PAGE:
Tuesday, January 10, 2017

The Shalane Challenge: Why am I doing this?

For the past 4 or 5 months, I've been hearing from my running buddies and online friends about this great new cookbook by Shalane Flanagan, called Run Fast. Eat Slow. Flanagan is arguably America's top female marathoner, an Olympic medalist and the top American woman (and 6th overall) in the marathon at Rio. Nutrition is a huge component of marathon fitness, so when Flanagan came out with a book on nutrition, runners paid notice. The book is still on the NY Times top ten sports/fitness books list, and not only does it seem to give solid nutritional advice, the recipes actually taste great.

I won the book at a Christmas party and was intrigued, but my wife, a non-runner, didn't seem interested in its "skinny runner girl" vibe. The book is filled with gorgeous photos of Flanagan and her equally-fit co-author, nutritionist and former UNC teammate Elyse Kopecky, so I can see how it might be a bit intimidating to a non-runner.

A typical photo from the book

But since my wife is out of town this week, it seemed like a good time to try out the recipes. What better way to do it than to go all-in and cook ALL my meals from the book for the week? Since I'm also currently tapering for the Houston Half-Marathon, watching what I eat a little more closely seems like an excellent idea.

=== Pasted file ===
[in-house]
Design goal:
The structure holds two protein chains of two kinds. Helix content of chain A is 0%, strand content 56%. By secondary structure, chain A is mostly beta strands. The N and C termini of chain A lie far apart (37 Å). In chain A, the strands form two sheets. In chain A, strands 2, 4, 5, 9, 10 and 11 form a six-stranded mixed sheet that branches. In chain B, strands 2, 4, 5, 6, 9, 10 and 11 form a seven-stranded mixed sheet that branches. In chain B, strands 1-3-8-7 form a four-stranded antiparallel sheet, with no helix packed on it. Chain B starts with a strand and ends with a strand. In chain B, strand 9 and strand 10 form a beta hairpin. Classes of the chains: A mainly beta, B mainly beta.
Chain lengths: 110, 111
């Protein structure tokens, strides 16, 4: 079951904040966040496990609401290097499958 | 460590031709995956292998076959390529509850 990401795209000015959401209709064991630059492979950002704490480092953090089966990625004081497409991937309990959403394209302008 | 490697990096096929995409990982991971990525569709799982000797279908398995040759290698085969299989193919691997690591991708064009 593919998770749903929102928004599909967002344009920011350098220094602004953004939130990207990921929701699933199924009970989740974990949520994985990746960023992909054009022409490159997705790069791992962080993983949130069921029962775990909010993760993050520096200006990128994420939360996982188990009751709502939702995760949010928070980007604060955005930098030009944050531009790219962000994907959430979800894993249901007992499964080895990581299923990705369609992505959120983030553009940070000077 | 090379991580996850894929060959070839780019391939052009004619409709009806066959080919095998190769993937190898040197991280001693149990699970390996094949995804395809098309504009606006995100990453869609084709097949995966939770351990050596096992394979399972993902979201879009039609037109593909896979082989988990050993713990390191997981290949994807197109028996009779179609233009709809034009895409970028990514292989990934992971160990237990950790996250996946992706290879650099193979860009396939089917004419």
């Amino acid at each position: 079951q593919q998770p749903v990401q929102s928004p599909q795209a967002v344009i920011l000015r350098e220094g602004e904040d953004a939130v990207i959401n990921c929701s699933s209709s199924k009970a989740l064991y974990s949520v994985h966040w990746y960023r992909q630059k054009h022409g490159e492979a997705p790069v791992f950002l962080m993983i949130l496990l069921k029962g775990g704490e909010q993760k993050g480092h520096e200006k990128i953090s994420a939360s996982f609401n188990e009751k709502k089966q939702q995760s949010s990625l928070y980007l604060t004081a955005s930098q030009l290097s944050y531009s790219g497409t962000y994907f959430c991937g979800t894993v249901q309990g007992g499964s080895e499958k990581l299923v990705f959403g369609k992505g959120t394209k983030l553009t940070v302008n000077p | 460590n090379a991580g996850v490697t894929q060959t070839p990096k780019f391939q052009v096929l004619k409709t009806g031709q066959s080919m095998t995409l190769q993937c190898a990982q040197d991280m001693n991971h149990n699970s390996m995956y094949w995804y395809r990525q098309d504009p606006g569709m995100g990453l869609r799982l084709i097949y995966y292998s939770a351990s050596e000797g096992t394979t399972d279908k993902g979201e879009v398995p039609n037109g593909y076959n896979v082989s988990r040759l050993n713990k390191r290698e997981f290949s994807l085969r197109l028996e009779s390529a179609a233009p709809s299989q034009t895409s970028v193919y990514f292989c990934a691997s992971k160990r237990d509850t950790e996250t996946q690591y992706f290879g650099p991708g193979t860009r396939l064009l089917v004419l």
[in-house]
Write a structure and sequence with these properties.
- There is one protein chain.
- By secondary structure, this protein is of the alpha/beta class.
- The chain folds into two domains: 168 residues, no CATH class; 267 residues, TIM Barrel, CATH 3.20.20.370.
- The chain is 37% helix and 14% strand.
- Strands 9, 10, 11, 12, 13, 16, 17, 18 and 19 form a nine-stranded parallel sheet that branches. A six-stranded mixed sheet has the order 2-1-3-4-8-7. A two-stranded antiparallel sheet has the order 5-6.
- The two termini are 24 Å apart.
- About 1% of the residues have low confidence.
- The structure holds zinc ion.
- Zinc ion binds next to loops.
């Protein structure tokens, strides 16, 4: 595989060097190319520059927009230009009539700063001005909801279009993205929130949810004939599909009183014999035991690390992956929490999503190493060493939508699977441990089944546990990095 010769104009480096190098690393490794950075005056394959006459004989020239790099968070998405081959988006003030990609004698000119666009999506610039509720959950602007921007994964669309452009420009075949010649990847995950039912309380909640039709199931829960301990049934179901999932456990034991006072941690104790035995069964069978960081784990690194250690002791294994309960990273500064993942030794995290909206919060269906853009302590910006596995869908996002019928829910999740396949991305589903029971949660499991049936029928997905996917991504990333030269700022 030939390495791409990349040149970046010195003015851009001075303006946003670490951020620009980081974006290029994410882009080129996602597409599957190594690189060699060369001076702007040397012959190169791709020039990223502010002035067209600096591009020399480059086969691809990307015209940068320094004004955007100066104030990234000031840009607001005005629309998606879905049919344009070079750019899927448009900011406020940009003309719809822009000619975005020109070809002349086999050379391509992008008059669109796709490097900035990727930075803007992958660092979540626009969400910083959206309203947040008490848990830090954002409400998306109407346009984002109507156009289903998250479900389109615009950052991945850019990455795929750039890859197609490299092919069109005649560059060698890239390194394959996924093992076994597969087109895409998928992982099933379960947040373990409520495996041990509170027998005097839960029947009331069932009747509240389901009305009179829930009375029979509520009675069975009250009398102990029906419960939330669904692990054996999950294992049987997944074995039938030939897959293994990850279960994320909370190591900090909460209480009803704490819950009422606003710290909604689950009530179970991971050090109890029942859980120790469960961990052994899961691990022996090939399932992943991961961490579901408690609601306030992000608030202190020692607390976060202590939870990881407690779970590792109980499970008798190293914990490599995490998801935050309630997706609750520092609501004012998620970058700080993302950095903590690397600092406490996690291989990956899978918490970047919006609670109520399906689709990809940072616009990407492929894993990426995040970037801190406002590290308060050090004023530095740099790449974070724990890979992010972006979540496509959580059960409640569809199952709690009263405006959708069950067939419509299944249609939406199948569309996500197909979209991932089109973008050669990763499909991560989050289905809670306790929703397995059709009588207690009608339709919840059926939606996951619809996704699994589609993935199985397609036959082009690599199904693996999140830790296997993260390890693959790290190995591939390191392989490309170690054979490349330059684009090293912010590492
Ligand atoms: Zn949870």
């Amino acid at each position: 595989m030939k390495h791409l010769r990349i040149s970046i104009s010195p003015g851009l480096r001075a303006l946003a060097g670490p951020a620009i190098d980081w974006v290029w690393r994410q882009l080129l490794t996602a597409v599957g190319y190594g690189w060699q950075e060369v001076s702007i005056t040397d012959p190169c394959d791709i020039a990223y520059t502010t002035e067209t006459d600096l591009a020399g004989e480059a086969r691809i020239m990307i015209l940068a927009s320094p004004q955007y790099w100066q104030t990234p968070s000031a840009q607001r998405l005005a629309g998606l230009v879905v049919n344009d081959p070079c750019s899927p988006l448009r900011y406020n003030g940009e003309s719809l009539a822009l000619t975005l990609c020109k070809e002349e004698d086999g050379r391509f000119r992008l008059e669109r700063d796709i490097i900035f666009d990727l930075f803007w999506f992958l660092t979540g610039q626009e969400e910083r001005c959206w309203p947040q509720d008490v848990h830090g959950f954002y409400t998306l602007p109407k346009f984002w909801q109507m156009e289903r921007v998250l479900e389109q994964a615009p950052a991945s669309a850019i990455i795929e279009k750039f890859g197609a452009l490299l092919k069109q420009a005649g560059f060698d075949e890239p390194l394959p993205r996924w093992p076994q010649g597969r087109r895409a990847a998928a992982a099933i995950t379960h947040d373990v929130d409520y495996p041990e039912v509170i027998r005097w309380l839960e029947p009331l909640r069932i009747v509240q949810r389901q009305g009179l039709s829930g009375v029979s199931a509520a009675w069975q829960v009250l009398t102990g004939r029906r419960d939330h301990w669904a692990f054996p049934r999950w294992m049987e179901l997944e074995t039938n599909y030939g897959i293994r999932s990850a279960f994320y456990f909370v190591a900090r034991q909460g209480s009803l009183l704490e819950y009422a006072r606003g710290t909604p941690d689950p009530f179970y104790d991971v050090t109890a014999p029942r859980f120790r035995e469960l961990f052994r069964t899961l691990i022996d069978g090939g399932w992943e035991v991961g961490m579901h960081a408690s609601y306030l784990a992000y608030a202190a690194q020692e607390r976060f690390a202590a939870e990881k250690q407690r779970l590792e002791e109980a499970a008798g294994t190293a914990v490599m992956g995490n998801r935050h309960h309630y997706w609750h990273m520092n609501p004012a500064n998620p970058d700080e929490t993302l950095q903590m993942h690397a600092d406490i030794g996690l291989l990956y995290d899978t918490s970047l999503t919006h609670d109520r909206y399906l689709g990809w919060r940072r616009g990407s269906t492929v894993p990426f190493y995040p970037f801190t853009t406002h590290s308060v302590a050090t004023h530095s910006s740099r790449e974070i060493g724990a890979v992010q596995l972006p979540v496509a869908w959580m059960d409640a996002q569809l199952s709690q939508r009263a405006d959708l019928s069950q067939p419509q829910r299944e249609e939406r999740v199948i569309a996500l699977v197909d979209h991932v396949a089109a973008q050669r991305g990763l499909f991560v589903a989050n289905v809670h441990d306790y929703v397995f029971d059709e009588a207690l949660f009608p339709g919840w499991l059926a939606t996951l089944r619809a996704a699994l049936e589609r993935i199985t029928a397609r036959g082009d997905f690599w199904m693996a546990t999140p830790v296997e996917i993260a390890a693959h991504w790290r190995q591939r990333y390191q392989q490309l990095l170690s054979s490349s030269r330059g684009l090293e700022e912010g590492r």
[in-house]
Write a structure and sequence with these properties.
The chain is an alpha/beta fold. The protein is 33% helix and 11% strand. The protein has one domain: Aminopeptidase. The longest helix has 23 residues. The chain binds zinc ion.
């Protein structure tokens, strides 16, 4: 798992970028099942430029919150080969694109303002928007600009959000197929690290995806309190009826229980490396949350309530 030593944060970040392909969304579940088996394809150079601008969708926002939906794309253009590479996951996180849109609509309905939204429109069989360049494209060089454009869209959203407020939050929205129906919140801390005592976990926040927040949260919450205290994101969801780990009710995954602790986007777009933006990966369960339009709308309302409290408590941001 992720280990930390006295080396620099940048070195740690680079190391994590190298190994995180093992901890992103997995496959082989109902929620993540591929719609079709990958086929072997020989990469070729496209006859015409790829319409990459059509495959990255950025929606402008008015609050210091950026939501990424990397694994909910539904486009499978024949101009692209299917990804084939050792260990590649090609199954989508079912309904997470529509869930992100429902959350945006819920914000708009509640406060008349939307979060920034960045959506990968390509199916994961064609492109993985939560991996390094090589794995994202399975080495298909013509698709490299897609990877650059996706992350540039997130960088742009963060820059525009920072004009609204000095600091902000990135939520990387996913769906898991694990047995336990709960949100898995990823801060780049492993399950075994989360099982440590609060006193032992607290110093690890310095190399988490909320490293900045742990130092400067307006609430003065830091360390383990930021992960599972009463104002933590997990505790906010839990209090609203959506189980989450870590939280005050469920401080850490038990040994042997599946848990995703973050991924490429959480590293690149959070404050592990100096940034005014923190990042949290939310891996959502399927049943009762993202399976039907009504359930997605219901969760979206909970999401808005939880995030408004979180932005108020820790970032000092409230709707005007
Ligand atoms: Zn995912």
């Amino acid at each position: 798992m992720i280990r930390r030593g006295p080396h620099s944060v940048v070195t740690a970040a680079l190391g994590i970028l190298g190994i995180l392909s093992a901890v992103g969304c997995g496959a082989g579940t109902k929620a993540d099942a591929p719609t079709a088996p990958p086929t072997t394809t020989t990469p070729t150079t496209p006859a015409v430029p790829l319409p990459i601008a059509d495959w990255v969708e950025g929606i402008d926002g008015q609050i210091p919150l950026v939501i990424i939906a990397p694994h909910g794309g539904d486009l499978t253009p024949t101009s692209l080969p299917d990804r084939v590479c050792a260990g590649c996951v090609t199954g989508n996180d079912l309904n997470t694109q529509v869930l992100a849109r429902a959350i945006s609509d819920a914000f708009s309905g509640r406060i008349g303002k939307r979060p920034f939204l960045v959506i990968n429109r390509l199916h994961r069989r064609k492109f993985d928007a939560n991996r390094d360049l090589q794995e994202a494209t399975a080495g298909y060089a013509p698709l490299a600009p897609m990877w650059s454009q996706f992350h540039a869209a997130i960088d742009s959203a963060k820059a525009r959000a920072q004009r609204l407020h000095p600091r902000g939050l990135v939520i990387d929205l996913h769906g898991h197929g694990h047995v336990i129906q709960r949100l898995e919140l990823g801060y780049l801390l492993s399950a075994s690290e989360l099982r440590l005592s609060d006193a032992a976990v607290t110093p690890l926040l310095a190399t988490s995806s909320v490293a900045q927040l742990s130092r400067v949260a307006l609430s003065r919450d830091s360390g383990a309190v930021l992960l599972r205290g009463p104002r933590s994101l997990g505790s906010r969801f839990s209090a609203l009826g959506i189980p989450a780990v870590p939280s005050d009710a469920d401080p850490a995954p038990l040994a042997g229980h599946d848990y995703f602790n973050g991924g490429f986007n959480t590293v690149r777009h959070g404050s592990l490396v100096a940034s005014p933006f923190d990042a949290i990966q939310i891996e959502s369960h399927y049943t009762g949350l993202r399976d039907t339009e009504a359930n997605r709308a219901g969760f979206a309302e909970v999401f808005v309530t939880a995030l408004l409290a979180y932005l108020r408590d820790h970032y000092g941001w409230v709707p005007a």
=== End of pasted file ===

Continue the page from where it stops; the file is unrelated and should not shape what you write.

Flanagan and Kopecky's philosophy on nutrition is to not worry so much about consuming a particular number of calories or macronutrients (protein, fat, carbs, etc) per day, but to focus on eating wholesome foods. To be honest, I'm a little skeptical of this philosophy. The only way I've ever been able to lose weight and keep it off is to concern myself a LOT with calories. But I figure I can try this out for a week and see how it works. Worst case scenario I might add a few new recipes to my wheelhouse.

The book features an elaborate chart of a week of meals, from breakfast through dessert -- a different home-made menu for each meal.

That's a lot of recipes!

The authors explain that Flanagan doesn't actually eat this richly; she tends to prepare a food (like, say, granola for breakfast) in bulk and then have it as leftovers for the next day or more, and even freeze some for future weeks or months. Makes sense. I don't think I'd be able to prepare a different from-scratch recipe for 5 meals a day either, and I'm no Olympic-class marathoner!

That said, the first day was quite a whirlwind of activity, and I haven't even written up my dinner post yet! I'll get that to a bit, but first I wanted to let you know why I'm doing this and what's in store for the rest of the week. I'll probably be posting only once or twice a day from here on out, and then at the end I'll write up a summary of my thoughts on the book and its philosophy. Hope it's useful to you!


I'll try to keep a complete list of all the posts in the series here.

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